"We returned to the city in time to be present at a most interesting lecture by Hugh Miller on the Boulder Clay. He illustrated it by some scratched boulders which he had collected in the neighbourhood of Edinburgh. He brought the subject before his audience in his own clear and admirable viva voce style. The Duke of Argyll was in the chair, and a very animated discussion took place on this novel and difficult subject. It was humorously brought to a conclusion by the Rev. Dr. Fleming, a shrewd and learned geologist. Like many others, he had encountered great difficulties in arriving at definite conclusions on this mysterious subject. He concluded his remarks upon it by describing the influence it had in preventing his sleeping at night. He was so restless on one occasion that his wife became seriously alarmed. "What's the matter wi' ye, John? are ye ill?" "On no," replied the doctor, "it's only that confounded Bounder Clay!" This domestic anecdote brought down the house, and the meeting terminated in a loud and hearty laugh."
James Nasmyth: Engineer, An Autobiography
Definition: accumulations of unsorted, unstratified mixtures of clay, silt, sand, gravel, and boulders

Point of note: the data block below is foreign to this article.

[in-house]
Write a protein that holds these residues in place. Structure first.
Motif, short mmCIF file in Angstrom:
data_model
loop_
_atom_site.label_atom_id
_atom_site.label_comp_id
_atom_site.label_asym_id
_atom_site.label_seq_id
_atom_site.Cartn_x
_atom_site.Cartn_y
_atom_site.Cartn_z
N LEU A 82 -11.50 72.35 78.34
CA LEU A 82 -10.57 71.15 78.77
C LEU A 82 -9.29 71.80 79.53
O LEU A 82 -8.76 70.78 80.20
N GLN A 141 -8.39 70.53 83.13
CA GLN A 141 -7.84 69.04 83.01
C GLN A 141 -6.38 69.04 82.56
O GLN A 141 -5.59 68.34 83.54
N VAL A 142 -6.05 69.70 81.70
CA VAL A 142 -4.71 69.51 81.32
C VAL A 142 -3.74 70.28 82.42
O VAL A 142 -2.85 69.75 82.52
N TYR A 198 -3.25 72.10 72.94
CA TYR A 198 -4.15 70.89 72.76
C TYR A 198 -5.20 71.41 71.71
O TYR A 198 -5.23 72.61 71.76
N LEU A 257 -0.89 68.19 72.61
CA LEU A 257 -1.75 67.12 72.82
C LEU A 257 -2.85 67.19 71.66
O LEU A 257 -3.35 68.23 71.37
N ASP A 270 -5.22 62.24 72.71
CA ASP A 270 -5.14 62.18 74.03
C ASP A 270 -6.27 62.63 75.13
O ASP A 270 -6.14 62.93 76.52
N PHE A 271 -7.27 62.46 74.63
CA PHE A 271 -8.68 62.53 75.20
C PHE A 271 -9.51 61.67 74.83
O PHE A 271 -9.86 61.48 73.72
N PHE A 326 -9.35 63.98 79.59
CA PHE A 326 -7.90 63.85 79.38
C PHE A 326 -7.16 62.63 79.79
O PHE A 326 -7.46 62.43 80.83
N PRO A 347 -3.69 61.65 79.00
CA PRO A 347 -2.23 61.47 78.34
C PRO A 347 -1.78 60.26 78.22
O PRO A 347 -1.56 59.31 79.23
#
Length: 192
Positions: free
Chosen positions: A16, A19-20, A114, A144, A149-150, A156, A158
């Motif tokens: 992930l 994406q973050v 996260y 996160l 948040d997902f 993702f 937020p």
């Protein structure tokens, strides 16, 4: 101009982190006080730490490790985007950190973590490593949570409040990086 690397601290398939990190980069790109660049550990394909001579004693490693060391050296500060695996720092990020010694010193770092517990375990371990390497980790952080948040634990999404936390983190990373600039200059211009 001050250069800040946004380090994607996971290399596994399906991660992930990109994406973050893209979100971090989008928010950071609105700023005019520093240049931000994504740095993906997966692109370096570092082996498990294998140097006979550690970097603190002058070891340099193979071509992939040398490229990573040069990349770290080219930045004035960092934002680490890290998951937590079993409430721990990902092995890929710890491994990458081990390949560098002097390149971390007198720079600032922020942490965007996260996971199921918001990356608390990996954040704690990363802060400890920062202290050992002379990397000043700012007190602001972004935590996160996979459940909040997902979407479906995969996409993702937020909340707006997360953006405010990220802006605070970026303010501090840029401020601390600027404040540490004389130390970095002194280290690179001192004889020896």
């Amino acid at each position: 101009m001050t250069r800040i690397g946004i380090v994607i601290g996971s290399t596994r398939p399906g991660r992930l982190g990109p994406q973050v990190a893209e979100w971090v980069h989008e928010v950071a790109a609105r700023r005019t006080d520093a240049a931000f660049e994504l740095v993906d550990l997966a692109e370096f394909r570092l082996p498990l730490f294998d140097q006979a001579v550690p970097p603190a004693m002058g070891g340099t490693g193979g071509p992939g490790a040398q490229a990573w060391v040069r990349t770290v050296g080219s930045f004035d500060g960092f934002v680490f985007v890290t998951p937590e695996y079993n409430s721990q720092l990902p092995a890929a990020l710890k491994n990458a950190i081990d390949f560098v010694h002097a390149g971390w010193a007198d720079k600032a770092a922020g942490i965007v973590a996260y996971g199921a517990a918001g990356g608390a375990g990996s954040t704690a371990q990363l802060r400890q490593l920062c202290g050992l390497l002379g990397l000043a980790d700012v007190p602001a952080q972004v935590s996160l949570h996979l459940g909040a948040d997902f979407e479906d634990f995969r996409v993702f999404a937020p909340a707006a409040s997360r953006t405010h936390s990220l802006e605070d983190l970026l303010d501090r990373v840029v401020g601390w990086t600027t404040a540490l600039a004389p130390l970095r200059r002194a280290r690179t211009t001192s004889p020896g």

"Few localities are better fitted at once to interest and perplex a geologist than a cliff of boulder clay" Archibald Geikie (1887, p364)
Till occurs widely on the lower ground of East Lothian but there are few permanent sections. Till is often revealed in foundation work on buildings or in road cuts but stream and coastal sections, together with open-cast mines offer the only long-term exposures.
Till is important because its content and structure provides evidence of the mode of formation of associated glacial landforms. Till also occurs within sequences of other sediments where it provides evidence of glacial conditions within the regional Ice Age stratigraphy. Perhaps most importantly, the fabric and erratic content of till give information of former directions of ice flow.
The dominance of locally-derived debris in the till means that its character, and that of the soil derived from it, varies with the geology across East Lothian. On the Coal Measures, the till is a stiff, dark, mud-rich deposit, with mainly small stones of sandstone, shale and coal. On the Old Red Sandstone, the till is a reddish brown sandy deposit with large blocks. On and adjacent to the greywackes of the Southern Uplands the till is often stony.